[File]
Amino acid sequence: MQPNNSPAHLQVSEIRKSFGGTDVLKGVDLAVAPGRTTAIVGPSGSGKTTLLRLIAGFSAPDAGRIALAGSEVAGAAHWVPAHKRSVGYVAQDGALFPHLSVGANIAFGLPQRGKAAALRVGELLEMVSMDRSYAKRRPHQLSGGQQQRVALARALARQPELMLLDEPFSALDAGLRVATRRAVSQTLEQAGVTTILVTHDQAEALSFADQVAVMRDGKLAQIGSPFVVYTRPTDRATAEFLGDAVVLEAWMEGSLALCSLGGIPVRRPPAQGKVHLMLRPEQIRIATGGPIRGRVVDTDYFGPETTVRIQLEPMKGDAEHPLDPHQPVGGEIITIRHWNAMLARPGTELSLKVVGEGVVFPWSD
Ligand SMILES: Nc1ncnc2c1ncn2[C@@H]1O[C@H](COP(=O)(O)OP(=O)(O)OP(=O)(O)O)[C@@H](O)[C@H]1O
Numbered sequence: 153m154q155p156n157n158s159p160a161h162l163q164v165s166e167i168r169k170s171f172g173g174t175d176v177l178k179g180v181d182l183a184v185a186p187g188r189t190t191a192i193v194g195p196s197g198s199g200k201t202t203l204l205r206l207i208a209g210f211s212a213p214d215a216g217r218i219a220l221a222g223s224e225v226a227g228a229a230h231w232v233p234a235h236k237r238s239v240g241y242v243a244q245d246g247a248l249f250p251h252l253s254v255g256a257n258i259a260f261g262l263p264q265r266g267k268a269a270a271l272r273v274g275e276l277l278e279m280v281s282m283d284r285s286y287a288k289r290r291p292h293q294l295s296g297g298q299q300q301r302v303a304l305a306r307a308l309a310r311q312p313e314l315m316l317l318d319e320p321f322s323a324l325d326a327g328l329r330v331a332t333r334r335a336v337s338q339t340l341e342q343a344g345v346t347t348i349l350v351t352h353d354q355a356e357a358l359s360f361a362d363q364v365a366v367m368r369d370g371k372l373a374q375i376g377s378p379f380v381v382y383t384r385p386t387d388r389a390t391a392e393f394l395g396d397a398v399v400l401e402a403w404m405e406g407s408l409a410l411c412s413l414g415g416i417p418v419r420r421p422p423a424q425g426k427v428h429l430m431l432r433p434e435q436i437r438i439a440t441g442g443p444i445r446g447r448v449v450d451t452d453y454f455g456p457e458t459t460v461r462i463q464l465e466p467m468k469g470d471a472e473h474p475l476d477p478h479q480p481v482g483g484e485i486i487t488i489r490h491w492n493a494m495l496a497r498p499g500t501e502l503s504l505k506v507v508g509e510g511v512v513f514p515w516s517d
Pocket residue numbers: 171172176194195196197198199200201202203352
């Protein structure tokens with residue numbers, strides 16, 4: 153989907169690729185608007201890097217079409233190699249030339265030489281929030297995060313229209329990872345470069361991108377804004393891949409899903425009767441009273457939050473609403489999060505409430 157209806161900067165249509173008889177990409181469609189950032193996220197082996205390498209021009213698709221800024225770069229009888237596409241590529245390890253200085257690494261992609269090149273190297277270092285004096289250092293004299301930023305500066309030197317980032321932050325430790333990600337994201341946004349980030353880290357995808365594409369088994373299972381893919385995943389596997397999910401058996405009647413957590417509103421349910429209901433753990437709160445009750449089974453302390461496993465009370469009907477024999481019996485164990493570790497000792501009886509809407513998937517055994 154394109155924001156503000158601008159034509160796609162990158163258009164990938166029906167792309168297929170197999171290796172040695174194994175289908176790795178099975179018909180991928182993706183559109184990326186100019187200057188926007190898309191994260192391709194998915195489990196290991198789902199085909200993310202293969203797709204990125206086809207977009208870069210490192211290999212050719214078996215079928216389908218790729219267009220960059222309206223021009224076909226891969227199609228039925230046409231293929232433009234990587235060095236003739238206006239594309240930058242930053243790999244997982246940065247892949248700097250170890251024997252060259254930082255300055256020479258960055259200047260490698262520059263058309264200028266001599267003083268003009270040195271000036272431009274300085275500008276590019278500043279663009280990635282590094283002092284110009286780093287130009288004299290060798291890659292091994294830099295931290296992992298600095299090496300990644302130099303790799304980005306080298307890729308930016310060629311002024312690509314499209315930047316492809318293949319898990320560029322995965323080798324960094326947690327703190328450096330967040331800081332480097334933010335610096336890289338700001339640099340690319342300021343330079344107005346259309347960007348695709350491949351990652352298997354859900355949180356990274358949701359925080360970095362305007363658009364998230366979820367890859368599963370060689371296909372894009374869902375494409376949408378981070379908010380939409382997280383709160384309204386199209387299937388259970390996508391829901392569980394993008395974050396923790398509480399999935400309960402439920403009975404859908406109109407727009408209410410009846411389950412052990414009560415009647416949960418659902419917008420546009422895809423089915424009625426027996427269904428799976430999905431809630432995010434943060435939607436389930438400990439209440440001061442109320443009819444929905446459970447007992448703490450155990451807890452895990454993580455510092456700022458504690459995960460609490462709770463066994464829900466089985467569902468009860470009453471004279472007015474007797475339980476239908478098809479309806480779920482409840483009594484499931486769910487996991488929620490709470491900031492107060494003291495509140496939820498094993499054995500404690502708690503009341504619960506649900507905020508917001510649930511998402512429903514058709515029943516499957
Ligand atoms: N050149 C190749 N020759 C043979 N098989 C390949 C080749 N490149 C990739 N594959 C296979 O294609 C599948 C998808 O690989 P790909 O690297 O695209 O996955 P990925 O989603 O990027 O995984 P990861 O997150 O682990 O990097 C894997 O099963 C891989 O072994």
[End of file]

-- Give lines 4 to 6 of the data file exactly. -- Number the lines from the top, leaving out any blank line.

Pocket residue numbers: 171172176194195196197198199200201202203352
């Protein structure tokens with residue numbers, strides 16, 4: 153989907169690729185608007201890097217079409233190699249030339265030489281929030297995060313229209329990872345470069361991108377804004393891949409899903425009767441009273457939050473609403489999060505409430 157209806161900067165249509173008889177990409181469609189950032193996220197082996205390498209021009213698709221800024225770069229009888237596409241590529245390890253200085257690494261992609269090149273190297277270092285004096289250092293004299301930023305500066309030197317980032321932050325430790333990600337994201341946004349980030353880290357995808365594409369088994373299972381893919385995943389596997397999910401058996405009647413957590417509103421349910429209901433753990437709160445009750449089974453302390461496993465009370469009907477024999481019996485164990493570790497000792501009886509809407513998937517055994 154394109155924001156503000158601008159034509160796609162990158163258009164990938166029906167792309168297929170197999171290796172040695174194994175289908176790795178099975179018909180991928182993706183559109184990326186100019187200057188926007190898309191994260192391709194998915195489990196290991198789902199085909200993310202293969203797709204990125206086809207977009208870069210490192211290999212050719214078996215079928216389908218790729219267009220960059222309206223021009224076909226891969227199609228039925230046409231293929232433009234990587235060095236003739238206006239594309240930058242930053243790999244997982246940065247892949248700097250170890251024997252060259254930082255300055256020479258960055259200047260490698262520059263058309264200028266001599267003083268003009270040195271000036272431009274300085275500008276590019278500043279663009280990635282590094283002092284110009286780093287130009288004299290060798291890659292091994294830099295931290296992992298600095299090496300990644302130099303790799304980005306080298307890729308930016310060629311002024312690509314499209315930047316492809318293949319898990320560029322995965323080798324960094326947690327703190328450096330967040331800081332480097334933010335610096336890289338700001339640099340690319342300021343330079344107005346259309347960007348695709350491949351990652352298997354859900355949180356990274358949701359925080360970095362305007363658009364998230366979820367890859368599963370060689371296909372894009374869902375494409376949408378981070379908010380939409382997280383709160384309204386199209387299937388259970390996508391829901392569980394993008395974050396923790398509480399999935400309960402439920403009975404859908406109109407727009408209410410009846411389950412052990414009560415009647416949960418659902419917008420546009422895809423089915424009625426027996427269904428799976430999905431809630432995010434943060435939607436389930438400990439209440440001061442109320443009819444929905446459970447007992448703490450155990451807890452895990454993580455510092456700022458504690459995960460609490462709770463066994464829900466089985467569902468009860470009453471004279472007015474007797475339980476239908478098809479309806480779920482409840483009594484499931486769910487996991488929620490709470491900031492107060494003291495509140496939820498094993499054995500404690502708690503009341504619960506649900507905020508917001510649930511998402512429903514058709515029943516499957
Ligand atoms: N050149 C190749 N020759 C043979 N098989 C390949 C080749 N490149 C990739 N594959 C296979 O294609 C599948 C998808 O690989 P790909 O690297 O695209 O996955 P990925 O989603 O990027 O995984 P990861 O997150 O682990 O990097 C894997 O099963 C891989 O072994």